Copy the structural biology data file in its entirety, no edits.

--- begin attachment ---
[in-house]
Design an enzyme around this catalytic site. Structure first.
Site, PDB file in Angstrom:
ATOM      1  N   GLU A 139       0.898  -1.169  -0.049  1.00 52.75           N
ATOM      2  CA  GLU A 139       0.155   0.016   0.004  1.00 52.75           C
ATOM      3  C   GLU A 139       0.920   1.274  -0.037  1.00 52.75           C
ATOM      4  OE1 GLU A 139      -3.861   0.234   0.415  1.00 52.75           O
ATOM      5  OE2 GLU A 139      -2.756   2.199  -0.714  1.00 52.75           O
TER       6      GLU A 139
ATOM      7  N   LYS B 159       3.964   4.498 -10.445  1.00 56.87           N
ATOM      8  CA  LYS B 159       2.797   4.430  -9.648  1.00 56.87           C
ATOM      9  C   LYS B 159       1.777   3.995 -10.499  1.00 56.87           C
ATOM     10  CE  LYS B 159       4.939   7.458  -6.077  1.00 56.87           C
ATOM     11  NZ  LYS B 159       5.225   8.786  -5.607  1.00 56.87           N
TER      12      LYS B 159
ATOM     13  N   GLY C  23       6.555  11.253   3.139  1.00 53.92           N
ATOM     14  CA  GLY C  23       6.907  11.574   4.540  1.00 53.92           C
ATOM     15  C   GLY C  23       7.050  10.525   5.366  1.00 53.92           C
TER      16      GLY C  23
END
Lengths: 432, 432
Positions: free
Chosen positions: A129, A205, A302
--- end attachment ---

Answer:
[in-house]
Design an enzyme around this catalytic site. Structure first.
Site, PDB file in Angstrom:
ATOM      1  N   GLU A 139       0.898  -1.169  -0.049  1.00 52.75           N
ATOM      2  CA  GLU A 139       0.155   0.016   0.004  1.00 52.75           C
ATOM      3  C   GLU A 139       0.920   1.274  -0.037  1.00 52.75           C
ATOM      4  OE1 GLU A 139      -3.861   0.234   0.415  1.00 52.75           O
ATOM      5  OE2 GLU A 139      -2.756   2.199  -0.714  1.00 52.75           O
TER       6      GLU A 139
ATOM      7  N   LYS B 159       3.964   4.498 -10.445  1.00 56.87           N
ATOM      8  CA  LYS B 159       2.797   4.430  -9.648  1.00 56.87           C
ATOM      9  C   LYS B 159       1.777   3.995 -10.499  1.00 56.87           C
ATOM     10  CE  LYS B 159       4.939   7.458  -6.077  1.00 56.87           C
ATOM     11  NZ  LYS B 159       5.225   8.786  -5.607  1.00 56.87           N
TER      12      LYS B 159
ATOM     13  N   GLY C  23       6.555  11.253   3.139  1.00 53.92           N
ATOM     14  CA  GLY C  23       6.907  11.574   4.540  1.00 53.92           C
ATOM     15  C   GLY C  23       7.050  10.525   5.366  1.00 53.92           C
TER      16      GLY C  23
END
Lengths: 432, 432
Positions: free
Chosen positions: A129, A205, A302